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Unformatted text preview: divisors of m and r. What does this mean if r = 0. Is the theorem still true? Conclude as a corollary: gcd(m,n) = gcd (m,r). Note: As clarified in an email, the integers here refer to the 9
2. Answer: We want to show that any divisor of m and n is also a divisor of m and r and vice versa. Let d be a divisor of m and n. Than means for some integers a and b, m = da and n = db. But we have n = qm +r, so r = n =qm = da – qdb = d(a –qb), so r is divisible by d. And we already assumed that m is divisible by d. In the other direction, assume that d divides both m and r, so m = db and r = dc. Then n = qm + r = qdb+dc = d(qb+c), so n is divisible by d also. QED. Problem 9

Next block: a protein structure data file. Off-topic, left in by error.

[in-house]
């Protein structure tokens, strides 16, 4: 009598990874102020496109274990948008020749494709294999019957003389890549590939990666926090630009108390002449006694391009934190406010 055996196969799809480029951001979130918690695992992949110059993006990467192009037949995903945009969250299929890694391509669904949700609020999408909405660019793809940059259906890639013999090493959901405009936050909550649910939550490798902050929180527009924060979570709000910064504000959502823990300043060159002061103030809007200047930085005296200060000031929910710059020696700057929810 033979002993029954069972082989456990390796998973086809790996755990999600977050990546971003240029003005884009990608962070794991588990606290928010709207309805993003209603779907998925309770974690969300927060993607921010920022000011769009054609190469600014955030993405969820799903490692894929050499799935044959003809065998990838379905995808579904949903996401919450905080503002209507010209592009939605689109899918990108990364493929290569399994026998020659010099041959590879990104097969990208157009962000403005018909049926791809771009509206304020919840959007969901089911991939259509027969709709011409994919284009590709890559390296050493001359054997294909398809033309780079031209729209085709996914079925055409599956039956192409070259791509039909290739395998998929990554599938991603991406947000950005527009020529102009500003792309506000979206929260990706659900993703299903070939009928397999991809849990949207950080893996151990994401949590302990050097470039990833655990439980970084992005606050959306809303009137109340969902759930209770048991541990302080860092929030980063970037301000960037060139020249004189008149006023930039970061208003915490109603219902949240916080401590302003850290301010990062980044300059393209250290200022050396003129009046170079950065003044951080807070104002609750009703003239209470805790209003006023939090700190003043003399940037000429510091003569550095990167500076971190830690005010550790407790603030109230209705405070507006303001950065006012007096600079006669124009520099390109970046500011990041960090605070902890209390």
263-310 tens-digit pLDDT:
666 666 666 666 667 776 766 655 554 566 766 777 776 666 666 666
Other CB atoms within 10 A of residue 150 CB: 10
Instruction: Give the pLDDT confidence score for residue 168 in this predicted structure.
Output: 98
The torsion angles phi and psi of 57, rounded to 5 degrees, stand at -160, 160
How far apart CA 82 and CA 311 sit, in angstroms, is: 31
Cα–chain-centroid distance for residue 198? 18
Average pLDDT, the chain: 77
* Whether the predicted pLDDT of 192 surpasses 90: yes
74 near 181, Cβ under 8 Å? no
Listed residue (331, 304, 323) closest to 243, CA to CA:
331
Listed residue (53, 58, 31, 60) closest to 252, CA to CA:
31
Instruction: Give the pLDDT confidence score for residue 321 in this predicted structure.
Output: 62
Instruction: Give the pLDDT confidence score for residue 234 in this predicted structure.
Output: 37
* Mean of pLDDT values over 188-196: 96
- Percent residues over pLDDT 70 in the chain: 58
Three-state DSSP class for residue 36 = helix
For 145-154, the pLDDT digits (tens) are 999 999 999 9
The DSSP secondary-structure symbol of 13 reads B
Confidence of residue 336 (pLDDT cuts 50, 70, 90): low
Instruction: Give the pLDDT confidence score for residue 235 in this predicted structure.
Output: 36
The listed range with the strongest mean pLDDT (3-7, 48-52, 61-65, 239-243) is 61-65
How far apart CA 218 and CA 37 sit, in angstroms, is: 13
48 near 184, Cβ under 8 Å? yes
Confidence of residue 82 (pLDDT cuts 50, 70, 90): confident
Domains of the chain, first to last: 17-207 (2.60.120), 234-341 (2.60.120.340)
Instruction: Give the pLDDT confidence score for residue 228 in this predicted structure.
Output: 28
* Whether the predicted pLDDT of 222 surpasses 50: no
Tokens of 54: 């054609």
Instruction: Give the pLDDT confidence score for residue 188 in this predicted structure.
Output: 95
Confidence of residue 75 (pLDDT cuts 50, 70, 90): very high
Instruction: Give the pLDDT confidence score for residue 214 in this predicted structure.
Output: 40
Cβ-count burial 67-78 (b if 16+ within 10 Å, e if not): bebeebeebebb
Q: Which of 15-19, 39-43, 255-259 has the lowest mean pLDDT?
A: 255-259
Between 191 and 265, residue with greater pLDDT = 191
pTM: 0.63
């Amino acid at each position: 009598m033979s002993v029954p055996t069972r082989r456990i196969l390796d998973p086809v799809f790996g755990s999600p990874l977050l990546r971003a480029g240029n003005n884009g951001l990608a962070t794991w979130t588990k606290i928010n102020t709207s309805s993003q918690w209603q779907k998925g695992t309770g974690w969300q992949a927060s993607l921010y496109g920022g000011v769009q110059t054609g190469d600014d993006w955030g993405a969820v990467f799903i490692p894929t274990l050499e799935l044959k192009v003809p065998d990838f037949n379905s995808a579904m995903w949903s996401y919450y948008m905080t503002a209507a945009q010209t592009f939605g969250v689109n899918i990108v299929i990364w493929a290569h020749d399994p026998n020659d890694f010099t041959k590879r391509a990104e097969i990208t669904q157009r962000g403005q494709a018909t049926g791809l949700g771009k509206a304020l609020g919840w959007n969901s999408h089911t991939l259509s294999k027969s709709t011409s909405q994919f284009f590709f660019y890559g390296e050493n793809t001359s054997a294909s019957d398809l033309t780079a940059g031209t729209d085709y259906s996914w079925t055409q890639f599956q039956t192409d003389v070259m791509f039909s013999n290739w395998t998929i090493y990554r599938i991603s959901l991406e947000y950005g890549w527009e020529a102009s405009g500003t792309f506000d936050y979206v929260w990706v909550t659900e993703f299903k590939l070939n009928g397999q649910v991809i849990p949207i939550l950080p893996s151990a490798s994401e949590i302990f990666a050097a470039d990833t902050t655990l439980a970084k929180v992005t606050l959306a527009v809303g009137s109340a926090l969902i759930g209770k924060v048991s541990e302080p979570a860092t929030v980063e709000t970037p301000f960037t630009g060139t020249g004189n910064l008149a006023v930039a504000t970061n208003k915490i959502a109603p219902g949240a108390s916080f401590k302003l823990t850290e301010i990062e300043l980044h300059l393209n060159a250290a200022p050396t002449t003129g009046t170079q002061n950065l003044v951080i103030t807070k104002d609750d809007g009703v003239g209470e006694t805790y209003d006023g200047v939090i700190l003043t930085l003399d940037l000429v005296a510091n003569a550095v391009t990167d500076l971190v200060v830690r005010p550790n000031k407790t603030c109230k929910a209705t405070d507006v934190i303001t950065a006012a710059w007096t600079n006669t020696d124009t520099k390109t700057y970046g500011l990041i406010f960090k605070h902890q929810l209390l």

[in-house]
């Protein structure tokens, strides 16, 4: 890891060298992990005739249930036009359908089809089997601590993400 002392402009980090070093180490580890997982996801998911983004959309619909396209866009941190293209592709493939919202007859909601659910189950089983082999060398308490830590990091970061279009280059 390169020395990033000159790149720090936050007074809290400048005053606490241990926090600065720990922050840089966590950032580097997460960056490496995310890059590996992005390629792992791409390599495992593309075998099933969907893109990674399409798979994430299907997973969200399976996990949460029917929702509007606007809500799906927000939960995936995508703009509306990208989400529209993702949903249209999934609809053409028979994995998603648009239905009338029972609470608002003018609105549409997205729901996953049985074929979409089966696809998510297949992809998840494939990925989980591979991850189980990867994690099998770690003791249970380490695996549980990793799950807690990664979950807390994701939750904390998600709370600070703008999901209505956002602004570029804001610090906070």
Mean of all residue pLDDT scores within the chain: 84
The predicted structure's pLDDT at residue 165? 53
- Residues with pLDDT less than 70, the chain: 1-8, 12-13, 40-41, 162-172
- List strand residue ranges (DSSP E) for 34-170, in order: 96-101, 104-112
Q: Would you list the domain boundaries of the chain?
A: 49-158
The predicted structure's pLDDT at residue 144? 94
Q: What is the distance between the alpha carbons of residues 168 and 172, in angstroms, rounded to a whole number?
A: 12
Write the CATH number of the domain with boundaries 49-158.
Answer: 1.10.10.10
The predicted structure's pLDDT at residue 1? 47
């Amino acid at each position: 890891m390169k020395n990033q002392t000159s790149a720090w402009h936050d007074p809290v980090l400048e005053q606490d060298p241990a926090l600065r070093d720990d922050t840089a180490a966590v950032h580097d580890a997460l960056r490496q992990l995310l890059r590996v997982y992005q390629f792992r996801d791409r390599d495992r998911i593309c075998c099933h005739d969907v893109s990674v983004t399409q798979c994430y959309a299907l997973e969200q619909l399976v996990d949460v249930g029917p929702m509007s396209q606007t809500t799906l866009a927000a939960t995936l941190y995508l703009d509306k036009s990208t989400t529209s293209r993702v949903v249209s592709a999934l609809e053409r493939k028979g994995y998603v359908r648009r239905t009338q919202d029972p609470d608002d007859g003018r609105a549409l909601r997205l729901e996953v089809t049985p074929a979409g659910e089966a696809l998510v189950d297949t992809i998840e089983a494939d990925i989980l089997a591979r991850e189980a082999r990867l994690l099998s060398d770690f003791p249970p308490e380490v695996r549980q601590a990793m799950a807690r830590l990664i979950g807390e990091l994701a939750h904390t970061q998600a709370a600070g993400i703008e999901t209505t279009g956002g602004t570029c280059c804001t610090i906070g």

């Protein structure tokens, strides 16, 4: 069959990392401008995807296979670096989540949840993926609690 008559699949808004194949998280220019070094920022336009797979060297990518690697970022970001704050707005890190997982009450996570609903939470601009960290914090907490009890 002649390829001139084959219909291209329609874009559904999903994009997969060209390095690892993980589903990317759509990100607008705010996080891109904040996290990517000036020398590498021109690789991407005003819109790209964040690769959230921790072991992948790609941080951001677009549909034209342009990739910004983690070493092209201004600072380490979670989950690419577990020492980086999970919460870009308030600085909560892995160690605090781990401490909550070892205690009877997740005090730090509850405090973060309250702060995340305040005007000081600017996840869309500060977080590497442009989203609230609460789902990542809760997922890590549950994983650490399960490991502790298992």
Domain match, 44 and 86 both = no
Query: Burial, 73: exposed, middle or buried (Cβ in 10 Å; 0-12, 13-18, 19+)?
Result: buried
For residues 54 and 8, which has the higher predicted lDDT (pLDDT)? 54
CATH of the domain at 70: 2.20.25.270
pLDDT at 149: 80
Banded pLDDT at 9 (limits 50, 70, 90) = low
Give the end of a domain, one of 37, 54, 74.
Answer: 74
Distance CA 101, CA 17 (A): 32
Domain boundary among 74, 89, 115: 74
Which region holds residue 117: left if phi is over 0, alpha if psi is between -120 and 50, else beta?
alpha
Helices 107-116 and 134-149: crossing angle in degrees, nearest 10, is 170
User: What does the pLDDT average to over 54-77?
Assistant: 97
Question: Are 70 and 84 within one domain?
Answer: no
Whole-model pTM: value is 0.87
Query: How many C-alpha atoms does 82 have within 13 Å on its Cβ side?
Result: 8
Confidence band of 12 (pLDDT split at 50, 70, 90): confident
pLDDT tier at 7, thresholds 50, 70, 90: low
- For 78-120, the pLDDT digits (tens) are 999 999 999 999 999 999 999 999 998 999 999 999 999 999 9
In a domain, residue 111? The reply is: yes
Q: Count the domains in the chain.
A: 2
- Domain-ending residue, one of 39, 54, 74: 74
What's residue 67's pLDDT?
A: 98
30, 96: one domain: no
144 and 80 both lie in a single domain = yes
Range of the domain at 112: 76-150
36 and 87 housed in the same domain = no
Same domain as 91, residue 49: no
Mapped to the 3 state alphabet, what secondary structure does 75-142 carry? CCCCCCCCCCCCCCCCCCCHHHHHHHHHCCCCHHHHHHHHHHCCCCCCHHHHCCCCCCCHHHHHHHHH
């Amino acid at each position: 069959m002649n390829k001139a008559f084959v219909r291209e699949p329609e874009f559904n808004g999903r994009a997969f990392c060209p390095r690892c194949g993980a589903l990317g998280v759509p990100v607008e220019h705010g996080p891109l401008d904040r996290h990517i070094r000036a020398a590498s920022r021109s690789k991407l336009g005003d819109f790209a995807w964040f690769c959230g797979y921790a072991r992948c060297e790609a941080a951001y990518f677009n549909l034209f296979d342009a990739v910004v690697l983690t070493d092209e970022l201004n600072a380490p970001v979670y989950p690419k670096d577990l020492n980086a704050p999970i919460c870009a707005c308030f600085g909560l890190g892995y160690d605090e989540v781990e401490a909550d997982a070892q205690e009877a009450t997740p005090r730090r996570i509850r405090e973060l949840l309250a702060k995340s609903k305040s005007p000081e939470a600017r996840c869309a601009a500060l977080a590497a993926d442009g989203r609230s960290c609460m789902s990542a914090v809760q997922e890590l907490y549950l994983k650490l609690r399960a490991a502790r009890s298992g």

4: Use the result of 9
3 for an algorithm to find the gcd of any tw...
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 Winter '11
 JamesKing
 Math, Integers

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